E-Trade Financial Corporation: Big Buyback Masks Potential Concerns – E*TRADE Financial Corporation (NASDAQ:ETFC)


E-Trade Financial Corporation (ETFC), in its second quarter earnings conference call, announced a $1.5 billion share repurchase program. Considering the $11.1 billion market capitalization of ETFC as of 18 July 2019, the share buyback program represents approximately 14% of total market capitalization. Such a large transfer of resources to shareholders was welcomed by the market as shares closed higher by 1.73% day on day.

(Source: ETFC Ticker page on SA)

However, we think that investors should focus on more than the announced buyback. Our analysis of the second quarter results affirm our negative view of ETFC at its current price. In this article we will highlight some of the issues we think should give ETFC shareholders or prospective investors pause.

‘Temporary’ losses in the investment book

ETFC management disclosed key financial metrics for the second quarter in the press released. We have summarized the headline figures in the table below. Note that the headline figures for the second quarter are all below those for the prior quarter and the prior year. Management attributes this deterioration to a one-time loss on sale of investment securities as part of its balance sheet reorganization.

USD 2Q19 1Q19 2Q18
Revenues (millions) 685 755 710
Net income (millions) 219 290 250
Diluted earnings (per share) (EPS) 0.90 1.09 0.95

(Source: ETFC 2Q19 earnings press release)

Here is Chief Financial Officer (NASDAQ:CFO) Chad E. Turner in the second quarter earnings call:

For the quarter, we reported net income available to common shareholders of $219 million or $0.90 per diluted share on net revenues of $685 million. Included in the quarter was $80 million pretax loss on securities or $0.24 per share impact related to the sale of $4.5 billion of lower yielding investment securities in order to reduce our balance sheet and free capital.

We find the loss on investments peculiar given the decline in the benchmark interest rates over the second quarter. As seen in the chart below, the U.S. 10 Year Treasury Note yield has actually fallen from well above 2.5% in the first quarter of 2019 to around 2.0% by the end of the second quarter. The decline in yields should have benefited most fixed income-based securities.

(Source: MarketWatch)

We cross-referenced the level of unrealized losses in ETFC’s balance sheet and found that as of the end of the first quarter of 2019 (which is the latest information available since the 10-Q for the second quarter has not been filed yet) there is $200 million worth of losses in the available-for-sale (AFS) investment book.

(Source: ETFC 1Q19 10-Q)

Our concern is that the remaining unrealized losses in the AFS investment book are actually non-temporary (as defined by U.S. generally accepted accounting principles) and should be recognized as a loss in the income statement rather than as a direct charge to equity in the balance sheet.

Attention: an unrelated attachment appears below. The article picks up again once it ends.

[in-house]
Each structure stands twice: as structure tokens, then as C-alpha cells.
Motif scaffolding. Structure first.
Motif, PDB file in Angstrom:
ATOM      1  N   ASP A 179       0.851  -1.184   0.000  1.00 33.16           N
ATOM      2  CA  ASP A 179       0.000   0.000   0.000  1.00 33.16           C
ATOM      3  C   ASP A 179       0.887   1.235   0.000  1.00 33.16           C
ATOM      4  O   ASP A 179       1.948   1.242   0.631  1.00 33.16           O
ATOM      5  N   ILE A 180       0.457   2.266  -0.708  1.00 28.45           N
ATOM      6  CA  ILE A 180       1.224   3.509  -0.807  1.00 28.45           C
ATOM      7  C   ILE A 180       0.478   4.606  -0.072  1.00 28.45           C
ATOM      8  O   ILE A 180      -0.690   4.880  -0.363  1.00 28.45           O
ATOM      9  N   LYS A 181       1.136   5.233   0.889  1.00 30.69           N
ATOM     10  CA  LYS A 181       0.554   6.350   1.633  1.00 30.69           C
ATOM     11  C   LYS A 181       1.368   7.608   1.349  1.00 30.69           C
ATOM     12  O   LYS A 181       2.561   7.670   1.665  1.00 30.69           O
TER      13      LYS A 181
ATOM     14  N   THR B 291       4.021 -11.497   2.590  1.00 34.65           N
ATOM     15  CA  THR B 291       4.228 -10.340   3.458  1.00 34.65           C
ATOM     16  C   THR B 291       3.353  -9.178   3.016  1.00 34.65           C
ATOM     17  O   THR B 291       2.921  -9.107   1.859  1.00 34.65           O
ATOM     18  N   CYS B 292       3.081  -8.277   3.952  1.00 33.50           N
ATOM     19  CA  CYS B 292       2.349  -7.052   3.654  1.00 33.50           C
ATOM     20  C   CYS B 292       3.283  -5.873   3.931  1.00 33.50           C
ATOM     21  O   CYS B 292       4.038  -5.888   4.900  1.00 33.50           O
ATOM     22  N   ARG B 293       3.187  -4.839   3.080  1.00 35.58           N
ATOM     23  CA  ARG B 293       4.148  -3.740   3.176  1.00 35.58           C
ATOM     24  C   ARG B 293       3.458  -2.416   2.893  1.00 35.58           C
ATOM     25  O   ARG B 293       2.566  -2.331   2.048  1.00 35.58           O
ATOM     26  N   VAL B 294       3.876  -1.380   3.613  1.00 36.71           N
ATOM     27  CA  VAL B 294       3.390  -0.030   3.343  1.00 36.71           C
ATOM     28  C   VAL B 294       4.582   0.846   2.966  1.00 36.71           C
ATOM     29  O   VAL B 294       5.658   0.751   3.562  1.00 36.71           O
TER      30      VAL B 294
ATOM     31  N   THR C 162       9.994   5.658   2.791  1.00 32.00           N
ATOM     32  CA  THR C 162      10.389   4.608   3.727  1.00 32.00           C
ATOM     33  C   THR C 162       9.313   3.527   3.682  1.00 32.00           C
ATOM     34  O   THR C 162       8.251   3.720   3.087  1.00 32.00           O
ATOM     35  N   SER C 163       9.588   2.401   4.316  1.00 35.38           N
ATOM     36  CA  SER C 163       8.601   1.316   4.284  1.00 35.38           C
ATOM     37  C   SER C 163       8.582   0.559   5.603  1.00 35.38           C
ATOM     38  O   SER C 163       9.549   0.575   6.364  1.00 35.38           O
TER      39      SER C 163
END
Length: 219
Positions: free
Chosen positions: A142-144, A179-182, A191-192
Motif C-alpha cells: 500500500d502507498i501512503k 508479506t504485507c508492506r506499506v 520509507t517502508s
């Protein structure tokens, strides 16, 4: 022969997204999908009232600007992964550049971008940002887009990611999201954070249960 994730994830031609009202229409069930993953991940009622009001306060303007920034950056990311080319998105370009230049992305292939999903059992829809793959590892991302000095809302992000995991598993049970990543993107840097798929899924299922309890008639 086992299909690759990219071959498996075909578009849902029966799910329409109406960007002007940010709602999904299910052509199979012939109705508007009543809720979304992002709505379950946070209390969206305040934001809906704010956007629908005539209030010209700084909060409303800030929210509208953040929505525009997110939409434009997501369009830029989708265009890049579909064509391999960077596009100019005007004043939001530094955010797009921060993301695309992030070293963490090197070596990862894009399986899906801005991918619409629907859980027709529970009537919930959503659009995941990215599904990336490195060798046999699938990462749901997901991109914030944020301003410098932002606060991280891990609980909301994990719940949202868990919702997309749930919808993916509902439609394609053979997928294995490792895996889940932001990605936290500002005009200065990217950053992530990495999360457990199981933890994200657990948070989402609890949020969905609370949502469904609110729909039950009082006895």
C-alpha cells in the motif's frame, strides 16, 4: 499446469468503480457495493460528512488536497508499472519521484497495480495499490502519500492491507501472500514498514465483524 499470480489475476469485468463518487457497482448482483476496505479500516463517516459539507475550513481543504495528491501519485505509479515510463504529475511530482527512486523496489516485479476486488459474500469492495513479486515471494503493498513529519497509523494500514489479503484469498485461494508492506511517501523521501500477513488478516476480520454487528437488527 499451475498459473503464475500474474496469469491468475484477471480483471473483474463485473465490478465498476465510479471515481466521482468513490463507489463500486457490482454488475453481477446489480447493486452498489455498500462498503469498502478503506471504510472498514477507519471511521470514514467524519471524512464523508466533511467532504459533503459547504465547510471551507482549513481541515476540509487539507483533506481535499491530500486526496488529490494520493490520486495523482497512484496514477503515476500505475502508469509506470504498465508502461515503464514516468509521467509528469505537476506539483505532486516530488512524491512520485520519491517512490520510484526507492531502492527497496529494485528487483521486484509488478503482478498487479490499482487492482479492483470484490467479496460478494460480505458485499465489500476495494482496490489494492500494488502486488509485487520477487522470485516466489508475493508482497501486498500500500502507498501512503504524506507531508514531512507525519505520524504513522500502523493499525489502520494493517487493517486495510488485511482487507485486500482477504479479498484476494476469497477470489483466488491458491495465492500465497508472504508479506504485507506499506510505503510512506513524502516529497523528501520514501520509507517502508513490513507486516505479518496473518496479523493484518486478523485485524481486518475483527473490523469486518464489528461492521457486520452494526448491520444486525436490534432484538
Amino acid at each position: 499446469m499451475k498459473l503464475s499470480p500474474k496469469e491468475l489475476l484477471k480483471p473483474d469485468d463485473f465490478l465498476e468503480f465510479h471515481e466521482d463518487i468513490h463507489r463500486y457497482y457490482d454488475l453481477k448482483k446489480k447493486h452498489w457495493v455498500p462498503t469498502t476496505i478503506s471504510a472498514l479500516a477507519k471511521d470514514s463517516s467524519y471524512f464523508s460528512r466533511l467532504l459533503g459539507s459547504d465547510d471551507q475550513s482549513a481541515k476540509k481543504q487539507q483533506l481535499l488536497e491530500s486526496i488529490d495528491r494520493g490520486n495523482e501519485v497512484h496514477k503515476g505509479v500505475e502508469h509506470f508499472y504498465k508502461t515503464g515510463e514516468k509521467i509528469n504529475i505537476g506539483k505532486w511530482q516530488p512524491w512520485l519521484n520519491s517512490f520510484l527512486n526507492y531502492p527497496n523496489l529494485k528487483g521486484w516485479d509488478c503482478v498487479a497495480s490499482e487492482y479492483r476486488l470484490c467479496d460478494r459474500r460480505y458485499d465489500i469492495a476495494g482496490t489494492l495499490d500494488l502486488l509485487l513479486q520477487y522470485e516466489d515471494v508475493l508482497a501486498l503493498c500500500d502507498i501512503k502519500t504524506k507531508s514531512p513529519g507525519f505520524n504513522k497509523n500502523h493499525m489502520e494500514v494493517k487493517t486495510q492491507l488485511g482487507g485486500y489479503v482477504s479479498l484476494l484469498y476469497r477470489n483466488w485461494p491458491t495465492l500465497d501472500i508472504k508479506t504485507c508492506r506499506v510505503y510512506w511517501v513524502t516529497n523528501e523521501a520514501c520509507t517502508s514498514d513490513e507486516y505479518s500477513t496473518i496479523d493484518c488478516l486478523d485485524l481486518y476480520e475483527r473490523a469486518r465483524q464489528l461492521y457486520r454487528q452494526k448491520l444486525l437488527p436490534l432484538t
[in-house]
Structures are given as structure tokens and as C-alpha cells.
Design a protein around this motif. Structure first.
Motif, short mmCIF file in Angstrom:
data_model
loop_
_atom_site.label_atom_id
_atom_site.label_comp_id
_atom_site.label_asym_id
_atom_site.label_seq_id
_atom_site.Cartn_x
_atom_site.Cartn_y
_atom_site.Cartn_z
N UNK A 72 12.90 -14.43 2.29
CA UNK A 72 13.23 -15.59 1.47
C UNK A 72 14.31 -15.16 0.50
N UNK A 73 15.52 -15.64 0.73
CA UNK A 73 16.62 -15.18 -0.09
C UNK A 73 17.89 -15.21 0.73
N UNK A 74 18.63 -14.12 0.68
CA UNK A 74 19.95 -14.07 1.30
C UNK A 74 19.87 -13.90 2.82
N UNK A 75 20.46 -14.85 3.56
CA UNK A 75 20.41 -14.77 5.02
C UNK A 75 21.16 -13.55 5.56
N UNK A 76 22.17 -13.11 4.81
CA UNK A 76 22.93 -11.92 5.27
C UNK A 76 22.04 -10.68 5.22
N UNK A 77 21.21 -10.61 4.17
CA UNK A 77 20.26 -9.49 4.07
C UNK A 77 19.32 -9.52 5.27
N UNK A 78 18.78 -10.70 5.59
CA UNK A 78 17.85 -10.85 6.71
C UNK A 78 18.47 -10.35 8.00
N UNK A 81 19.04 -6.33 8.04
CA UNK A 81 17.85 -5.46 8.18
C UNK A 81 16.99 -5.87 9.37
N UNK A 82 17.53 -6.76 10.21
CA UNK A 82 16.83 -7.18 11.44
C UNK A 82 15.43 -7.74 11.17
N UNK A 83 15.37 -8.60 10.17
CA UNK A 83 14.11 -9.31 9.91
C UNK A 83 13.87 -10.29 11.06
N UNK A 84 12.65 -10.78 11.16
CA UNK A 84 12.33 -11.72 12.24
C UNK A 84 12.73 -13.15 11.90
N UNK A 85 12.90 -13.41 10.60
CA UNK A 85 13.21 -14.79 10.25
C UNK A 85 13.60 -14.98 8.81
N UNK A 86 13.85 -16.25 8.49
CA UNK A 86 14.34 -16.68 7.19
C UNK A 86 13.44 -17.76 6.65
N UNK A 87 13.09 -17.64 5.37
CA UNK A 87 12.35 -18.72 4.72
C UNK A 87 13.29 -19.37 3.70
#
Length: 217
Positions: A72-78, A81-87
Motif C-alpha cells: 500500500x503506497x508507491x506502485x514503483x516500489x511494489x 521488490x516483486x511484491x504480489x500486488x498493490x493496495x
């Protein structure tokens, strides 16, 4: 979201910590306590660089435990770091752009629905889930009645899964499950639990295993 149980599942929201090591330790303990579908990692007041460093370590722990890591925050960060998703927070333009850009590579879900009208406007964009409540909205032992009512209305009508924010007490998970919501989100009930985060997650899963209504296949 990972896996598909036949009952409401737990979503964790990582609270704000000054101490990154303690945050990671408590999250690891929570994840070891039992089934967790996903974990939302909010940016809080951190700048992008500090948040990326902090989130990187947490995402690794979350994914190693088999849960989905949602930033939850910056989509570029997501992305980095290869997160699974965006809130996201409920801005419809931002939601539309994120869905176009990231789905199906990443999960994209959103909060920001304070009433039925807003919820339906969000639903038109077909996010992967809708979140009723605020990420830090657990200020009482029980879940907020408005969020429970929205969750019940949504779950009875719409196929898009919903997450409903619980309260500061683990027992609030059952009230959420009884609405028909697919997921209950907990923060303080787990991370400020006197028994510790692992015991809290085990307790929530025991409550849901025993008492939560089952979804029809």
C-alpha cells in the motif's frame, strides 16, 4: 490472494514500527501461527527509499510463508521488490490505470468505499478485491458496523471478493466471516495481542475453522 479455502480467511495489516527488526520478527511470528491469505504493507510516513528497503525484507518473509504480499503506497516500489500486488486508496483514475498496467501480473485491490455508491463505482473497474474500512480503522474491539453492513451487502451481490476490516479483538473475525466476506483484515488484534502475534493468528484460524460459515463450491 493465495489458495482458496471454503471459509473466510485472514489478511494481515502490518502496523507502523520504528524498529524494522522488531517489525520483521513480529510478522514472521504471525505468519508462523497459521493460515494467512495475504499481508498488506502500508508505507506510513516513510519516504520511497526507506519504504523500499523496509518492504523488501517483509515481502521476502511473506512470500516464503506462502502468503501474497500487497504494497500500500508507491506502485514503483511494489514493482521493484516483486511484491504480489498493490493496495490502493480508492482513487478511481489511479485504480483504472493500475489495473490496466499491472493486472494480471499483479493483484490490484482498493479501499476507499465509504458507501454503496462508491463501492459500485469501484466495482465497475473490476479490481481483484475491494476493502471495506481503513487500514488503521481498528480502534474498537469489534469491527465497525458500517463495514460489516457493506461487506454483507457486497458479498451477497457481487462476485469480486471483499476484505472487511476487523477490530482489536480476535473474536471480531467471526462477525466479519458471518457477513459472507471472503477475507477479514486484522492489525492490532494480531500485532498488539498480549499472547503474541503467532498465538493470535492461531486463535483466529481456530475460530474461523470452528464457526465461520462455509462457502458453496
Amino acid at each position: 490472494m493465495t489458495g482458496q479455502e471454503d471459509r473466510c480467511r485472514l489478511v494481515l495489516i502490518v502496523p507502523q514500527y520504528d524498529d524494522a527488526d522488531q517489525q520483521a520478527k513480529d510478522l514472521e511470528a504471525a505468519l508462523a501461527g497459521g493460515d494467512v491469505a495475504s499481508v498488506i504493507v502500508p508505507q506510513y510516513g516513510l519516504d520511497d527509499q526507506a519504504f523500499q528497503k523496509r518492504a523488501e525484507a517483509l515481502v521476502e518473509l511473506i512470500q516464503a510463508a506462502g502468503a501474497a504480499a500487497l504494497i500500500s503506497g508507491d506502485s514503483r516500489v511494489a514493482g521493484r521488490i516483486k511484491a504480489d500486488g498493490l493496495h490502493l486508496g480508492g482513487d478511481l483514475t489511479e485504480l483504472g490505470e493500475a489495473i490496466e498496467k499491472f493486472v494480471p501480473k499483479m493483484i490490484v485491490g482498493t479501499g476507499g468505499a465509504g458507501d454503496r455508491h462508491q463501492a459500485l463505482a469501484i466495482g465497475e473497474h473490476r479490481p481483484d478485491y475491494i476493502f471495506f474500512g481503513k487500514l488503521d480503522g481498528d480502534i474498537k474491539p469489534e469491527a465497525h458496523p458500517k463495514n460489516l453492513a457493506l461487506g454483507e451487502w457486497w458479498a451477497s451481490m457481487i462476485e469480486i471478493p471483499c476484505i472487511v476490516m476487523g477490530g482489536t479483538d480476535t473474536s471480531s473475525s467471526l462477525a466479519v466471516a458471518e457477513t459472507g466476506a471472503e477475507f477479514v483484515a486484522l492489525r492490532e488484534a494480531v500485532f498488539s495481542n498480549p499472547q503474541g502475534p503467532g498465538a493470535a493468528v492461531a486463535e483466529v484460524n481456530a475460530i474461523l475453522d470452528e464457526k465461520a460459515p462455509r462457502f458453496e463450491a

(Source: ETFC 2018 10-K)

In fact, Richard Henry Repetto from Sandler O’Neill+ Partners asked a question related to this topic during the earnings call. Chief Operating Officer (NYSE:COO) Michael A. Pizzi responded:

So you could think of them as investments that we made quite some time ago that we’ve been holding that have been paying down a bit, but we still had quite a number of lower yielding securities on the book. When we look at that securities yield versus the sort of capital that we’re holding, looking relative to the loss that we took, it became really quite clear that selling these to a — selling the lower yielding securities to accelerate the amount of capital return is clearly sort of in the best interest of shareholders if we look at it from an overall EPS and ROE perspective. In terms of kind of further opportunity, there is still some securities in the book that are still relatively lower yields, but there would be a population higher than this population that we sold.

We are not challenging the existence of higher-yielding investments in ETFC’s AFS investment portfolio. Instead we wonder whether the non-temporary classification for these unrealized losses are appropriate. We also recognize the wide degree of discretion management has in determining the accounting treatment for this event (and the degree of subjectivity involved in these issues).

Finally, we want to highlight that the impact of valuation changes in the income statement affect management compensation; adjustments to net income and return on equity key performance indicators are primarily limited to after-tax effects of goodwill and provision for loan losses. Hence, there is a real financial incentive for management to maintain the temporary status for unrealized losses.